It's simply full of forward-thinking ideas. There's even an option to upload an image that will serve as a guild logo, showing up not only when the player is clicked on, but on the equipable cape. Sadly, for every step in the right direction there's a half-step back, and certain elements make Aion seem frankly archaic. Being released in 2009 without built-in voice chat or a functional system to make finding groups easier is nearly unacceptable, and makes playing alone a hassle. No, that’s not saying that soloing is problematic, but going in without a group of friends is more of a detriment than it needs to be. In games like Lord of the Rings: Online, the built-in systems help bring the community together, helping players make friends, which makes the overall playing experience better. The crafting system also feels ultimately unfulfilling, and should have been cleaned up and made more unique. Instead, it falls victim to the same follies that often befall MMORPGs. Early game, it's a huge money dump, and by the time it begins to pay off, the items gained from questing and other merchants are good enough that the time and money spent crafting wasn't worth the effort. This is, in part, due to a resource gathering system that supports grinding over passively collecting goods, which isn't fun for anyone.
While on the subject of grinding, it's about time to get to the largest issue in Aion: the grind. Early on, everything is well balanced, and the quest to level 20 is, for the most part, without any trouble. After 25, however, things get rocky, and begin to become more troublesome at 30, eventually leading to a brick wall at around 40. There are some terrible balance issues with the leveling in the game, with quests giving much less experience than they should and oftentimes being disproportionately difficult to complete. Not difficult in the sense that it's actually hard, more that it simply takes too long thanks to what can only be described as broken loot tables. Anyone who has played an MMO has likely had to complete a mission that involved collecting objects off of the corpses of dead bodies. Usually, because developers want to stretch the leveling process as much as possible, there's only a 50% chance that any opponent will drop said object, which means killing two boars for every boar foot. Beyond being silly, it's also frustrating, especially when the percentage drops well below 50.
At times, in Aion, the chance for an object to drop seems closer to 5%, so dozens of opponents need to be killed for each object, and the reward for completing the quest is usually less than the experience earned for killing the opponents in the first place. When in a group, killing opponents goes faster, but that small chance to drop is for each person, not all, so completing trivial objectives can take hours, even at low levels. Quests giving low experience is a problem the developers have admitted, and said they're working on, but as of now the quest to level cap is slow and often painful. It's common to simply run out of quests to do, resorting to wandering around and killing monsters of repeating instanced dungeons. The other option is competing in player versus player combat, which, while a lot of fun, also runs into issues. Aion is based around gigantic battles with enemy players, fighting over capturable bases in the Abyss, but as of now these encounters cause the servers to fall apart, dropping players whenever they become too large. If left unaddressed, the game's end-game content is effectively shot, and it has to be fixed soon before players flee the battlefield.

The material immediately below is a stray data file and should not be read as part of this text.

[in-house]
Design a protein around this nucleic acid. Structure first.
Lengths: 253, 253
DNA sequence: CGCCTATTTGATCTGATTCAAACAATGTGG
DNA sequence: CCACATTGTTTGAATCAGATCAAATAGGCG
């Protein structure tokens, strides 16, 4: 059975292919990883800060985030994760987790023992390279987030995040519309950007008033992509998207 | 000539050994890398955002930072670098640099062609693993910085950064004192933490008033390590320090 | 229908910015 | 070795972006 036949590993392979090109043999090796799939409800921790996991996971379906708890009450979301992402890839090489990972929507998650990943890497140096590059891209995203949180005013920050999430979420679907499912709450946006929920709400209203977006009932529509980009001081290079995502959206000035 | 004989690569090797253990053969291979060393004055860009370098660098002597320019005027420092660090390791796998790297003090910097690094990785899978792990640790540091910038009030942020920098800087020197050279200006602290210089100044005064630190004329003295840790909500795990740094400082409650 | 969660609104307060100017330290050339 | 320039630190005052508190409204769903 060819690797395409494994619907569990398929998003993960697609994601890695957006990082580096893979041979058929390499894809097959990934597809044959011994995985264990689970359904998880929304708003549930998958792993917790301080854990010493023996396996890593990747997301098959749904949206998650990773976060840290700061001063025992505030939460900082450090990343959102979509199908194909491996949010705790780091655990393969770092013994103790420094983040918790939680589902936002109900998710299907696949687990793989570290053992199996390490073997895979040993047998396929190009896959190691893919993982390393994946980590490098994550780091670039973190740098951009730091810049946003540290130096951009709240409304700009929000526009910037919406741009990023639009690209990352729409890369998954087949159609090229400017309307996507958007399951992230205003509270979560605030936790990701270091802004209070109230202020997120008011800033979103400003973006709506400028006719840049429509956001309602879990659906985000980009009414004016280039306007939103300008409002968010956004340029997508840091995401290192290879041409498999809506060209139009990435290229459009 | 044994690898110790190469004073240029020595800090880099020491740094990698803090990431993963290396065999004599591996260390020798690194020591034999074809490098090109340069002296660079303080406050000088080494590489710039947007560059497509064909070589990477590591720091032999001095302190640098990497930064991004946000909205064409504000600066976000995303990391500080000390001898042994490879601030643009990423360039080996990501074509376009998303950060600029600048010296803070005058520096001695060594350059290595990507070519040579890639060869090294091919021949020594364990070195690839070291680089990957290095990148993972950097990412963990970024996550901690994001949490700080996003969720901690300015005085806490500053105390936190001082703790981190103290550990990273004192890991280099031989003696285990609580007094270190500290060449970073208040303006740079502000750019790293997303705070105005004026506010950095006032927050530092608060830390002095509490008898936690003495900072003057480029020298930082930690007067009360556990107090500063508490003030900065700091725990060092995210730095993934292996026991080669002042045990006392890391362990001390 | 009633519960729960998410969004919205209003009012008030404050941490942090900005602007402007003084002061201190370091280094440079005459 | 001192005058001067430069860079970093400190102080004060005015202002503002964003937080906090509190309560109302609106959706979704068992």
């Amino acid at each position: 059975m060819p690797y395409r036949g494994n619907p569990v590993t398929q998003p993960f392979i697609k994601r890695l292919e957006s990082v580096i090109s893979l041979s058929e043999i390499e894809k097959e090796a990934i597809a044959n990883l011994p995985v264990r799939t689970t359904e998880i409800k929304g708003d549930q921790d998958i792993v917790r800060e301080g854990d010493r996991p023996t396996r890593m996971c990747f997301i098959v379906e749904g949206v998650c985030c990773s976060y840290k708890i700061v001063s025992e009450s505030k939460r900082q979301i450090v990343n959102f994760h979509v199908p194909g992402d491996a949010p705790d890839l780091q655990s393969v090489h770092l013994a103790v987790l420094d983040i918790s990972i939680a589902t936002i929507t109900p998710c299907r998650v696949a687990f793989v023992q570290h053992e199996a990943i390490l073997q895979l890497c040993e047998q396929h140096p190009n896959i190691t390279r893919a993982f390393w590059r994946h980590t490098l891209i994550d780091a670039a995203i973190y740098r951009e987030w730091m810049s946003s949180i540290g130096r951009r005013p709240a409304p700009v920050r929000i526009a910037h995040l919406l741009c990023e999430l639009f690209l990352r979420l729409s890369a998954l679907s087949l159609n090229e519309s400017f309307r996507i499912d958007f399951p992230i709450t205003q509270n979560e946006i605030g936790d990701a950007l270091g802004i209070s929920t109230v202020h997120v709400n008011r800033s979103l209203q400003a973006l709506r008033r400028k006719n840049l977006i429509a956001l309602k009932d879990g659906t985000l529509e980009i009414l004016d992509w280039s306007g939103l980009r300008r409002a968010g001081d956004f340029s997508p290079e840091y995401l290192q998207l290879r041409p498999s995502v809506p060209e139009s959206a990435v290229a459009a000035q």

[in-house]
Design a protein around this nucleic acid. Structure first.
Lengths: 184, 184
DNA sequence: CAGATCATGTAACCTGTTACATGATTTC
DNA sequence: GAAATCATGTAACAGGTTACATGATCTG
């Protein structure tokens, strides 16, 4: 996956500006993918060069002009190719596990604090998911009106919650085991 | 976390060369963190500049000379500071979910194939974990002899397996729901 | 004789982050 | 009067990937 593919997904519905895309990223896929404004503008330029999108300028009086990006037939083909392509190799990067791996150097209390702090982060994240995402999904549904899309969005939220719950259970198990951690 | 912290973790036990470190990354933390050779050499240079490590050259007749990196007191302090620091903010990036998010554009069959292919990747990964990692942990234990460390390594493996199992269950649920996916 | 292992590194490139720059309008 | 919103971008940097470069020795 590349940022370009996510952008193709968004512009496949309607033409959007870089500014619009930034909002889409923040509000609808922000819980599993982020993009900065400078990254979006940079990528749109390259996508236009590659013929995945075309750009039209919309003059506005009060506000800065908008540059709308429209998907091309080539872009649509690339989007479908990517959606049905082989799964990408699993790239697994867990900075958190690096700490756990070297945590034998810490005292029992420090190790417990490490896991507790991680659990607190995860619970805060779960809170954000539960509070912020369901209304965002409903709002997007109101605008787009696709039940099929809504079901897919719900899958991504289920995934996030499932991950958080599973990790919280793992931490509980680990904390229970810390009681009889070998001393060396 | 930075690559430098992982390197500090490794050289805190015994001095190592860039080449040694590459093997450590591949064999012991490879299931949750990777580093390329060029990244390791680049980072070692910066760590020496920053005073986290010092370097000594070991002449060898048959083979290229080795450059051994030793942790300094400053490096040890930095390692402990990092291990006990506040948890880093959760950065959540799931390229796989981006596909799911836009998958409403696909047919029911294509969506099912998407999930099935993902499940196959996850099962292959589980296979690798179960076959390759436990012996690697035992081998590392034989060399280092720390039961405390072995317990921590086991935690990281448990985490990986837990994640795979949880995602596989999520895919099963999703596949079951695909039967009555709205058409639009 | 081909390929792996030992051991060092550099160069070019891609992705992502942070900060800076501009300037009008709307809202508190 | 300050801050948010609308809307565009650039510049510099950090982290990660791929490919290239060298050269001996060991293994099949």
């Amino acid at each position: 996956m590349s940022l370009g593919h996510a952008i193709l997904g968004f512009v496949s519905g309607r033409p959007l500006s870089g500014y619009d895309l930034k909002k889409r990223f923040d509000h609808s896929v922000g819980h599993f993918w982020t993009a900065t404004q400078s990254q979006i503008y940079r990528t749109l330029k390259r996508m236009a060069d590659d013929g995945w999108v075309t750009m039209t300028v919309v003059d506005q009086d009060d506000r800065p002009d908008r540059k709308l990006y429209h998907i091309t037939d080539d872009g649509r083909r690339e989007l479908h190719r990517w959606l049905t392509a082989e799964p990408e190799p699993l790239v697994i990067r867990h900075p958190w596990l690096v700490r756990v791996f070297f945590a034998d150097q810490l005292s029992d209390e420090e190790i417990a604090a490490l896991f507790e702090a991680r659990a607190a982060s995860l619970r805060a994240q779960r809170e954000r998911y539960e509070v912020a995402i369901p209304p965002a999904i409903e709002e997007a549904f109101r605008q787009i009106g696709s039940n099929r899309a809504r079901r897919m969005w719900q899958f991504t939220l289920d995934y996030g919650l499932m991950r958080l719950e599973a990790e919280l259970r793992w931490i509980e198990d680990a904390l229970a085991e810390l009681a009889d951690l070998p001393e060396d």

None of the issues are unique to Aion in any way. The grinding, the lack of end-game content, the missing voice chat, the glitches, and the absence of an adequate means for finding a group beyond spamming the LFG chat room are all annoying, but they're in no way deal breakers, especially considering they are issues that most MMORPGs deal with early on. There's also a solution for most, even if it isn't the most intuitive. In order to deal with the grind and lack of group making, players can join a guild. In order to deal with the lack of voice chat, players can use Skype or Vent. In order to deal with the glitches, players can usually just work around them. The thing is, in an industry where World of Warcraft has nearly ten times the player base of any other MMO, these issues are unacceptable. To compete, NCSoft or any other developers out there can't settle for anything less than the best, and Aion is so, so very close to being there.
In a recent trailer entitled “Aion Vision,” NCSoft gives a look into the future of their MMO. It shows off a slew of new features that would hopefully add content to the level ranges there isn't enough, gigantic battles that will presumably mean optimization fixes, and player cities to help build a better community. If they're added soon, than gamers are in for a serious contender in the MMO space. If not, it's still a wild ride that anyone who enjoys the genre should enter. At the end of the video, the world of Atreia is described as “Teeming with potential.” This is a good way to describe the game itself, too.
Aion is a wonderful foundation to what can absolutely, positively become one of the best MMORPGs on the market. It's close, and the changes that would need to be made aren't so drastic that they seem out of the realm of possibility, but it's not there yet. That said, being the best isn't always necessary, and I can absolutely recommend Aion to anyone who considers themselves a fan of the genre and is looking for something different.